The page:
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Austin president credits athletic and coaching career for steering him to the top of his field

Steven O’Day became president of Austin College, a Division III school, in October 2017. Austin College photo

Steven O’Day learned early in life how to adapt to new challenges and responsibilities: He spent four years at Millersville bouncing from defense to midfield to striker, a starter at each spot on the school’s soccer team. After graduating in 1985, he sought a law degree at Temple. O’Day had no idea, though, that his four years on the pitch would wind up shaping the direction his professional life would take just as much as the three he spent nose-deep in law books.

A circuitous career, including 11 years spent coaching women’s soccer at Franklin & Marshall, eventually led O’Day to his current role as president of Austin College, a Division III school in Texas. “I’m sorry to sound cliche about this, but the experiences that I had as a student-athlete in college were transformational for me,” he says. “At the time, I never imagined that it would someday morph into being the president of Austin College.”

Leaving the law behind

After earning his law degree from Temple in 1988, O’Day went to work alongside his older brother at a small law firm in Lancaster, Pennsylvania. For much of a decade, the brothers fielded a potpourri of cases until O’Day’s wife, Cece, spotted a tiny newspaper ad for the vacant women’s soccer head coaching position at Franklin & Marshall. Noticing a void after her husband’s college and subsequent semipro soccer career had ended, she nudged him to apply. Already swamped at work, O’Day resisted, but Cece’s persistence eventually compelled him to take a chance.

He ended up landing the job in 1997, balancing coaching duties with his law practice. A year later, the school offered him a spot as associate dean of advisement and as a pre-law advisor to complement his coaching duties. “At about the nine- or 10-year mark of law practice, most attorneys go through a soul-searching moment of are they going to stay in the profession or are they going to go in a different direction?” O’Day says. “And I think that was happening, and my wife observed it better than I did: ‘Well, maybe this isn’t as fulfilling as we imagined it to be.’ It was a major moment, but it was an easy decision and one that I haven’t regretted for a second.”

Back on the field

After practicing law, O’Day coached women’s soccer for a decade at Franklin & Marshall. Submitted by Austin College

O’Day coached the Diplomats from 1997 through 2007 — his 112 wins remain the most in program history. Meanwhile, he was catapulting up the school’s administrative ranks: In 2001, he was named associate dean for student academic affairs; six years later, he earned the role of senior associate dean. That promotion coincided with his last season at the helm of the soccer team. Ultimately, trying to balance a senior administrative role with his obligation to his players proved too onerous, impinging on his ability to recruit. Plus, he remembers having to field vital midpractice phone calls from other school executives. Even so, the decision to step away from the sidelines wasn’t an easy one. “Once I started coaching, that’s when I really discovered a calling to work with college students,” he says. “It was such a blessing for me to be entrusted with, in any given year, 27 or so soccer players on the roster and help them — not just on the soccer field.”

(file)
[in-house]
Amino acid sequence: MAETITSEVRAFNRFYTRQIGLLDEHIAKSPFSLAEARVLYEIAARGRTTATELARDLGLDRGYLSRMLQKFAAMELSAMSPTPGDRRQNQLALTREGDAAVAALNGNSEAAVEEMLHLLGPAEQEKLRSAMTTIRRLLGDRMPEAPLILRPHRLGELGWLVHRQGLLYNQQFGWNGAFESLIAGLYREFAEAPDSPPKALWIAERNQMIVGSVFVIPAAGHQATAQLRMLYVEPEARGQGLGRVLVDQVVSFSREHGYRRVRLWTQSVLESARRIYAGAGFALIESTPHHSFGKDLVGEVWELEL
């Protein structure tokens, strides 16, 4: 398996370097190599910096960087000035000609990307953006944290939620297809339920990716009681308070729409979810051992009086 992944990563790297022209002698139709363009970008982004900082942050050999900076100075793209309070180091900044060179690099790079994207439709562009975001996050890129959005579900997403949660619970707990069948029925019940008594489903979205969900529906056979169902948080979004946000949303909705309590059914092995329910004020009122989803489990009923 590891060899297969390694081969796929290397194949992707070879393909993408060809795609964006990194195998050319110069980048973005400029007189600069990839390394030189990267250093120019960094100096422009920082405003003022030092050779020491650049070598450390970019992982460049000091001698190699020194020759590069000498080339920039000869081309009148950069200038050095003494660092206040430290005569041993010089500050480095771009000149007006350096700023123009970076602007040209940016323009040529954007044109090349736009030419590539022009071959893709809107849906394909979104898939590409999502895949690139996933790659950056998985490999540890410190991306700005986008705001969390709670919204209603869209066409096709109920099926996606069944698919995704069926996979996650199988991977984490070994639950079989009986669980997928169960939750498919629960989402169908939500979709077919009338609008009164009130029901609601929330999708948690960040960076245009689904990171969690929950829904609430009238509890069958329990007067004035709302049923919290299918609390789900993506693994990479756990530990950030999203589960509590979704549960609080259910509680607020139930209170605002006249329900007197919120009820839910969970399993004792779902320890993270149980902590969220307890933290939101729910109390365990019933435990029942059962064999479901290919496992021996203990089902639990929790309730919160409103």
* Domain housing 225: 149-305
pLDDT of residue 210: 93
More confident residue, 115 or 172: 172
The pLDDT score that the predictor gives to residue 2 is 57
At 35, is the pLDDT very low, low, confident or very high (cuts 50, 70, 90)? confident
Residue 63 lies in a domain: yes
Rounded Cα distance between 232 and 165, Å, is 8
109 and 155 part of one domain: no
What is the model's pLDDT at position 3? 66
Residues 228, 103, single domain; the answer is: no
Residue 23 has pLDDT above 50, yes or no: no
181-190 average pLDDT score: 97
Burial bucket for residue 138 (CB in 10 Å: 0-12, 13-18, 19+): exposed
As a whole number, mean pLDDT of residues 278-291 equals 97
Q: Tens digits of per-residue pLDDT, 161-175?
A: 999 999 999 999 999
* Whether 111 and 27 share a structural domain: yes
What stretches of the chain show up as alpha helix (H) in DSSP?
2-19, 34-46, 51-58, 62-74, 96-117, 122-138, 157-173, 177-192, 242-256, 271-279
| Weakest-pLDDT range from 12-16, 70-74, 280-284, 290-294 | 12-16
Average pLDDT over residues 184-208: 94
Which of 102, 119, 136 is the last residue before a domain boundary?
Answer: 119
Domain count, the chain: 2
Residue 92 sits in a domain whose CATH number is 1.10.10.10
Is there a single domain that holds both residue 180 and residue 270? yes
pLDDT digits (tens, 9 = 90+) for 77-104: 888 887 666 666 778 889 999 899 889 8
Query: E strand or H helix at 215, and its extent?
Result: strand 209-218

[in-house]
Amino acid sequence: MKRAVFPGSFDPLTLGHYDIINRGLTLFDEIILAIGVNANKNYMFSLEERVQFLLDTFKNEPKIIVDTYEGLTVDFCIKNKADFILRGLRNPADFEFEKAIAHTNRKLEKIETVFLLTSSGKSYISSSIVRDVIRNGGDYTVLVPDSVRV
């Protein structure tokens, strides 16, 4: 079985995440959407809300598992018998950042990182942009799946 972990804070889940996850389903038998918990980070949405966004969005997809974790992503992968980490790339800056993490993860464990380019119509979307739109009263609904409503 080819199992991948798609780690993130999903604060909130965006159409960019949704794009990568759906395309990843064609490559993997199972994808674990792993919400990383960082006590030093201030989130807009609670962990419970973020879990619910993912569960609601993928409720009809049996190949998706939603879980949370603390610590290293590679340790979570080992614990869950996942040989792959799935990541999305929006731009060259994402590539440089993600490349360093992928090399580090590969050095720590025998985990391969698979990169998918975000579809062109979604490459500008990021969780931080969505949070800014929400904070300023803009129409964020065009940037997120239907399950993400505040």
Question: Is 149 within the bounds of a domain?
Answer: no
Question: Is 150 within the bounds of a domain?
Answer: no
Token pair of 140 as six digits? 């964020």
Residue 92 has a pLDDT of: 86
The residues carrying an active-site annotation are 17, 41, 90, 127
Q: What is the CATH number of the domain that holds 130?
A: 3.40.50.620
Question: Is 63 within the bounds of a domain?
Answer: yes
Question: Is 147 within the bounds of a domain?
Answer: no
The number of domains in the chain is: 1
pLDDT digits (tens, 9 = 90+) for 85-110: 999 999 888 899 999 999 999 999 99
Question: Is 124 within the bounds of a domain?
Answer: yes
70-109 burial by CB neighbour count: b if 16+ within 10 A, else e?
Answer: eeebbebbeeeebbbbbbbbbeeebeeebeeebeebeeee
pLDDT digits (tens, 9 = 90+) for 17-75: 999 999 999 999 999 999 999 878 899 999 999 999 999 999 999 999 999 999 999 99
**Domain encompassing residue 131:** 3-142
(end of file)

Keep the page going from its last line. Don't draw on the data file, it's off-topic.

A new goal

After surrendering his coaching duties, O’Day poured himself into his new role as senior associate dean, where he helped expand the school’s enrollment and campus housing footprint. In 2012, Lewis Thane, a former colleague who had taken over the presidency of Lebanon Valley the same year, called to recruit O’Day to be the school’s vice president of strategic initiatives.

During a four-year stint at Lebanon Valley, he managed major projects, including the construction of a $20.8 million academic facility. As his experience mounted, O’Day began rounding out a portfolio that he hoped might make him a viable candidate for a college presidency. After two years, he began checking to see if any liberal arts schools had openings, though he was careful to be selective in his search. “I wasn’t going to just pursue anything,” he says. “I really wanted it to be the right fit for me — a mission, a vision that I believed in — and Austin College fit that bill.”

Taking the top job

In October 2017, O’Day took the reins at Austin, where about 40% of the students are athletes. As part of ongoing efforts to increase enrollment during a time when many small liberal arts schools are struggling, Austin launched an esports program. Already, 39 students have signed up, and the team took part in its first competition in spring 2019. The school also has added men’s and women’s water polo teams, the sport’s first new programs in Texas in 40 years.

Though he has moved up the administrative ranks, O’Day hasn’t strayed from his athletic roots. Along with taking in regular theater and music performances, he and Cece attend every athletic event they can. “I do have a special camaraderie with our student-athletes,” he says, “but I think I have a special connection — I hope I do — with all of our students.”

About Champion

Champion magazine goes behind the headlines and beyond the scoreboards to celebrate the unique connection between Americans and college sports. Champion is published by the NCAA.

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